Graffiti, it seems, knows no international boundary. You find it all over the world. Recently, it dawned on me that there exists an eerie similarity to all graffiti. Graffiti artists seem to find themselves limited to use of the same ‘font'. The vast preponderance all tend to use big, puffy white letters outlined in black; although, often the letters themselves come from no established language’s alphabet.

As you might surmise, I noted this observation on one of my many and varied cab rides from hotels to airports and back. Rather than collapsing into the flat-lined alpha wave state I normally adopt during transport to and from work, I spent some time wondering why graffiti would show such a homogeneous structure throughout the world.

Because my default state is as a mean-spirited, bigoted, xenophobic American, my first explanation for this sameness was ‘Amerocentric’. I surmised that – like other pop culture art forms – American graffiti artists have forced their influence on the rest of the world. I apologize for any discomfiture this has place on any of my international esteemed readers. Idly, I wondered why our President missed his chance to apologize for this coercion during his recent World Apology Tour.

This thought process naturally led to a desire to improve my mental discipline and become more cosmopolitan and I realized that I might have this explanation exactly backwards. There very well could be a continental European influence on American graffiti.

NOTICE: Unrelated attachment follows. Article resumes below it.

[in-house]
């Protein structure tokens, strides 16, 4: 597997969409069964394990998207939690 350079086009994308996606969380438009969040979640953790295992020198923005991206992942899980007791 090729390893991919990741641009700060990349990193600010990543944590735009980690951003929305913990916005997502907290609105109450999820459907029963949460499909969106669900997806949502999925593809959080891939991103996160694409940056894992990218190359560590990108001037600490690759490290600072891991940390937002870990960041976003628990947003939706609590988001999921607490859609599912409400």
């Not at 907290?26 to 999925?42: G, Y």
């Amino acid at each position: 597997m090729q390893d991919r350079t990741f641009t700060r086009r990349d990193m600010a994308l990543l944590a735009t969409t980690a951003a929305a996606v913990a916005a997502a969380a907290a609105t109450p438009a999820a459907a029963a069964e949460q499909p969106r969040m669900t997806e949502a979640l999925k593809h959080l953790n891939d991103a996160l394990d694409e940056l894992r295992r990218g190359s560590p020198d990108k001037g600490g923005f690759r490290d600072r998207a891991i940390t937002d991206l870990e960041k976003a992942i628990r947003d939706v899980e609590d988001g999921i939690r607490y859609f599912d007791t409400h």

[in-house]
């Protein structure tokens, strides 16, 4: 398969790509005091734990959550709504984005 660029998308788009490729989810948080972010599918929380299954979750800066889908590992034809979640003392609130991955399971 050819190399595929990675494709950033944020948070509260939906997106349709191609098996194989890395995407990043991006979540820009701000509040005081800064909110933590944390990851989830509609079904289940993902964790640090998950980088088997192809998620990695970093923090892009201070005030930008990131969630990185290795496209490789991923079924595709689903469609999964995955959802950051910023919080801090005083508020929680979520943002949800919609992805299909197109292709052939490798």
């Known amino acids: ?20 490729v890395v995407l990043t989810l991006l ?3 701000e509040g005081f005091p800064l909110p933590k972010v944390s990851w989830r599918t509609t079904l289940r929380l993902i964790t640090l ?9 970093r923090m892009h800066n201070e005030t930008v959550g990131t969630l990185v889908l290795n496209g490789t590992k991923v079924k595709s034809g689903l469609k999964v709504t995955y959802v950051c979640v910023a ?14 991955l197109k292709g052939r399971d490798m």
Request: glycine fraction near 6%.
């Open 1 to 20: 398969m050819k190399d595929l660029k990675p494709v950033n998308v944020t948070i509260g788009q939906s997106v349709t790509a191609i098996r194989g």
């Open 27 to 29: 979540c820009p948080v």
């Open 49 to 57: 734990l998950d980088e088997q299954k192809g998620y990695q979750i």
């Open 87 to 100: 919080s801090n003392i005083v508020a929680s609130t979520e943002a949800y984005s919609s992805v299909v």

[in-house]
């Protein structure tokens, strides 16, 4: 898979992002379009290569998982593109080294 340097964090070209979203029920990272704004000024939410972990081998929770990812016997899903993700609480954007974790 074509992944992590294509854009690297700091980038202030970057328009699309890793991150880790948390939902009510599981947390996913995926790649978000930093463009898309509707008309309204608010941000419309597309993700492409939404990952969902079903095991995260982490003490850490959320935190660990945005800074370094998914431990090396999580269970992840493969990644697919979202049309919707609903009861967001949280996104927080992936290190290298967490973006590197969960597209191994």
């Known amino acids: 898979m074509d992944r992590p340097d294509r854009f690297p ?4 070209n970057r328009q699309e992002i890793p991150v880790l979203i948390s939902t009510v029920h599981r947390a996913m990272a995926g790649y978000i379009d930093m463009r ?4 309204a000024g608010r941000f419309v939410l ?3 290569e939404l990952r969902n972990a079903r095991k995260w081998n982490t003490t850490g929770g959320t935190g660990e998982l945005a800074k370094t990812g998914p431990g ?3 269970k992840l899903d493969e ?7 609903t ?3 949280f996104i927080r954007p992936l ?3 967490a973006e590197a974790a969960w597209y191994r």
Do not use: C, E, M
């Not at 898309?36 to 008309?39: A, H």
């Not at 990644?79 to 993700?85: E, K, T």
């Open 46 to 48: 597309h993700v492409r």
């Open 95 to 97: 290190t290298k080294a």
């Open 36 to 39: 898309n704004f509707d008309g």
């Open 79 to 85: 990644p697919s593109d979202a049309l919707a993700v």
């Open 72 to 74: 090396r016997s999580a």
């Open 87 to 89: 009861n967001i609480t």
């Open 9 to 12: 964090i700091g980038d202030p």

This morning, however, as I was shaving and performing other preflight ablutions, I realized there is a much more likely technical explanation for this sameness.

As all artists have known since time immemorial, the results of your art are constrained by your materials and environment. The cave drawings in Lascaux look the way they do because of the ‘canvas’ and pigments available to those artists. Davinci’s sculptures are formed by the choice of marble available. The Renaissance Artists results are framed by the canvas, brush and paint options available, and so on.

Consider a generic graffiti artist. He* finds some fairly significant constraints upon his art form. Working hastily in the dead of night to avoid political and legal oppression, standing on some sort of hastily erected ladder or scaffolding next to some boxcar, bridge abutment or other wall, under poor lighting conditions, limited in palette and brush stroke by the selection of spray cans available, it is no wonder that our artist’s final results look related worldwide. It seems obvious that big puffy white letters outlined in black would naturally result from such environmental and material constraints.

Just now, esteemed readers, I realized that a google search might shed light upon this inquisition. Frankly, the consequence to my already established geekish reputation were I to make such an inquiry frightens me . If you wish, I leave the googling to you. Feel free to liberally comment below.

I remain,

Dad / Geoff

* Please allow me the use of ‘he’ to mean a generic human being of non-specific gender; I detest the horrid ‘he/she’ formulation.

Monday, April 20, 2009

A Tale of Two Resaurants - Memphis and Frankfurt